World of Infomocracy

Infomocracy envisions a speculative future in the mid-to-late 21st century where most states have joined a world government system based on local rule. Under this system, the countries have been divided into centenals, which are governing units of 100,000 residents. Each centenal may chose the regime by which they wish to be governed, with choices including ideological governments such as Heritage (conservative), Liberty (libertarian), or Policy1st (everyone’s dream party that advocates the “demonstrably best” policies on each issue, for some definitions of “demonstrably best”); corporate governments including Phillip Morris, 888, and Coca-Cola; and a smattering of nationalist and local parties. The government that wins the most centenals gains the Supermajority, which gives it significant influence at the supranational level. Some countries, including likely candidates Saudi Arabia and Switzerland, decided not to join the world government scheme and govern independently.

At the center of Older’s world lies Information, a global service that combines our current internet, the Internet of Things (e.g., this pachinko machine paid out a 28,000 yen jackpot on such and such a date), as well as manipulable visualizations and heads-up displays. I think the combination of a governing scheme akin to that found in Neal Stephenson’s Snow Crash with an information service more like the one described in Minority Report serves the story’s needs admirably.

Ground Game

The popular aphorism that “all politics is local” describes a world divided into 100,000-person mini-states quite well. Infomocracy follows Ken, an undercover agent of influence for Policy1st, and Mishima, a researcher and sometime security worker for Information. As in William Gibson’s novels such as Pattern Recognition, we receive the barest hints of what the main characters look like, focusing instead on what they know, what they do, and how they react within their milieu.

As the story progresses, we follow Ken and Mishima around the world as they embark on assignments, react to emergencies, and explore their burgeoning relationship. Sometimes their efforts create the desired change, sometimes they get a mixed result, and sometimes everything goes wrong. Those varied outcomes, which highlight the joy and pain that are never far from the tactical-level worker’s mind, are no doubt the product of Older’s work as a humanitarian aid worker in Japan, Darfur, Mali, and other places (including three years as a team leader), as well as her appointment as a Senior Fellow for Technology and Risk at the Carnegie Council for Ethics in International Affairs for 2015. When you consider that experience in tandem with her master’s degree from the School of Advanced International Studies (SAIS) at Johns Hopkins University and Ph.D. work at l’Institut d’Études Politques de Paris, you get a sense of the intellectual firepower she brings to the task.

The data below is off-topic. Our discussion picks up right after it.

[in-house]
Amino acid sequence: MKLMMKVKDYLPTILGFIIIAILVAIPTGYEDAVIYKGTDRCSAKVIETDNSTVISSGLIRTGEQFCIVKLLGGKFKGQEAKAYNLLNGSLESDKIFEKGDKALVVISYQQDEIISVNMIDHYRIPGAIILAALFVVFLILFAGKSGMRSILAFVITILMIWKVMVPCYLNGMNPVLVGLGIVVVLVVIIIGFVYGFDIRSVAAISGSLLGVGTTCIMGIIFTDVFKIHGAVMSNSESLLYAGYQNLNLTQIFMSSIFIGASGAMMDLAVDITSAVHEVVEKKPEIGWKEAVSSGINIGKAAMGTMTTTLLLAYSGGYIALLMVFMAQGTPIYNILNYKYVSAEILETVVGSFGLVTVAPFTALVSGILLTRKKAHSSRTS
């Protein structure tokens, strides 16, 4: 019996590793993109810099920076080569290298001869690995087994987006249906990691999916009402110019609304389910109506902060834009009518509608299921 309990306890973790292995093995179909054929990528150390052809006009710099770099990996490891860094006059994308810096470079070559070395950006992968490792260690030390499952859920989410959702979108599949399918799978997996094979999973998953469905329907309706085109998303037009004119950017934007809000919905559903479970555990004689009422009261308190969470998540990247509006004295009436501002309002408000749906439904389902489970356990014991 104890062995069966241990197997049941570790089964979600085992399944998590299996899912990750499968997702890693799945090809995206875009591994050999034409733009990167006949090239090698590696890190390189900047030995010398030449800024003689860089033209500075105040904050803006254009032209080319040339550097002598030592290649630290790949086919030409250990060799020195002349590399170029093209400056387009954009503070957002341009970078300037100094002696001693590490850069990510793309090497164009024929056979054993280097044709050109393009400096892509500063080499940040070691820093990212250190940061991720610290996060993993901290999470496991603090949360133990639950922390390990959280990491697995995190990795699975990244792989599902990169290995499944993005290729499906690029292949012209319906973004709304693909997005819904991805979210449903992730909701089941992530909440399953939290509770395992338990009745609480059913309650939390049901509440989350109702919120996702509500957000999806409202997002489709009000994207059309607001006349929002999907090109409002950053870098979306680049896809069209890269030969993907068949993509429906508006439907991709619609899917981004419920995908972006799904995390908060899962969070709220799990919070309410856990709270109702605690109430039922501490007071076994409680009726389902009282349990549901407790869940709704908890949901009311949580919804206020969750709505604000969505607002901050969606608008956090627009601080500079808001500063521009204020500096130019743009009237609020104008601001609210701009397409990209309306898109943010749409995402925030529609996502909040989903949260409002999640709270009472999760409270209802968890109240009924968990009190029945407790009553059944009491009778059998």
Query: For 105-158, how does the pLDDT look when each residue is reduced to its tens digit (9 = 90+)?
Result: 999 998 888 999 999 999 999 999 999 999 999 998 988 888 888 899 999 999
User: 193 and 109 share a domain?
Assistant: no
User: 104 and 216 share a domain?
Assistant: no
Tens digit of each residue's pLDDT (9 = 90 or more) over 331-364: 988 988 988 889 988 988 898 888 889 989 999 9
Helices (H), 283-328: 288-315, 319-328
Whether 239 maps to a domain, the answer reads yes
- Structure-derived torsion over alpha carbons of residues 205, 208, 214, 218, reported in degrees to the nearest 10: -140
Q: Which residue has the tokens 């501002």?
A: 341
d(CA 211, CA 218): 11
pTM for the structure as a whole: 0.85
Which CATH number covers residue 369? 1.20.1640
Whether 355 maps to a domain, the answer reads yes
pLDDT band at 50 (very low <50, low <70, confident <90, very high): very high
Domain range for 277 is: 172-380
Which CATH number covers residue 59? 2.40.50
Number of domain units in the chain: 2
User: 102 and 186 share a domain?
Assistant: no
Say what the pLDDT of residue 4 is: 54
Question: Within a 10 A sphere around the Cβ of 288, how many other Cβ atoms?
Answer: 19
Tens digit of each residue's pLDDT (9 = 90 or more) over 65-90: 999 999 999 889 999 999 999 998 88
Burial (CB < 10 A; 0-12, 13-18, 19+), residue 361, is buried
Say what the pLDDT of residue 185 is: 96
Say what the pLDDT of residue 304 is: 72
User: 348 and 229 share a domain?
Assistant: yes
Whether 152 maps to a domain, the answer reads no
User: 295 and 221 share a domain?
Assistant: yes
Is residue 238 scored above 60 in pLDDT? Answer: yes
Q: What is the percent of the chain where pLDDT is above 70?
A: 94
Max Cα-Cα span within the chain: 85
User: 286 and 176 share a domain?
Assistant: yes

Events in Infomocracy proceed in a manner that is both familiar and surprising. To paraphrase Chekhov, “If you see a global information network over the fireplace in Act One, it will go off in Act Five.” We don’t quite get to Act Five before the information and communication grid goes down, but fail it does and the hell that was breaking loose accelerates into a maelstrom Ken and Mishima must navigate.

Older brings the narrative to a satisfying conclusion. I didn’t give the book a 100% rating because I thought a few minor elements weren’t handled as well as they might have been, but I don’t feel compelled to write an artificially “balanced” review that makes too much of those quibbles. The book’s too good to spend much time on a few bits that were merely good instead of outstanding.

Conclusion

Infomocracy doesn’t read like a first novel—rather, it reads like the work of an experienced author who can leverage her significant life experience into a compelling narrative. I recommend Malka Older’s Infomocracy enthusiastically and without reservation. I look forward to her next book.

Curtis Frye is the editor of Technology and Society Book Reviews. He is the author of more than 30 books, including Improspectives, his look at applying the principles of improv comedy to business and life. His list includes more than 20 books for Microsoft Press and O’Reilly Media; he has also created more than 40 online training courses for lynda.com. In addition to his writing, Curt is a keynote speaker and entertainer. You can find more information about him at http://www.curtisfrye.com and follow him as @curtisfrye on Twitter.

Written by curtisfrye

May 31, 2016 at 3:56 pm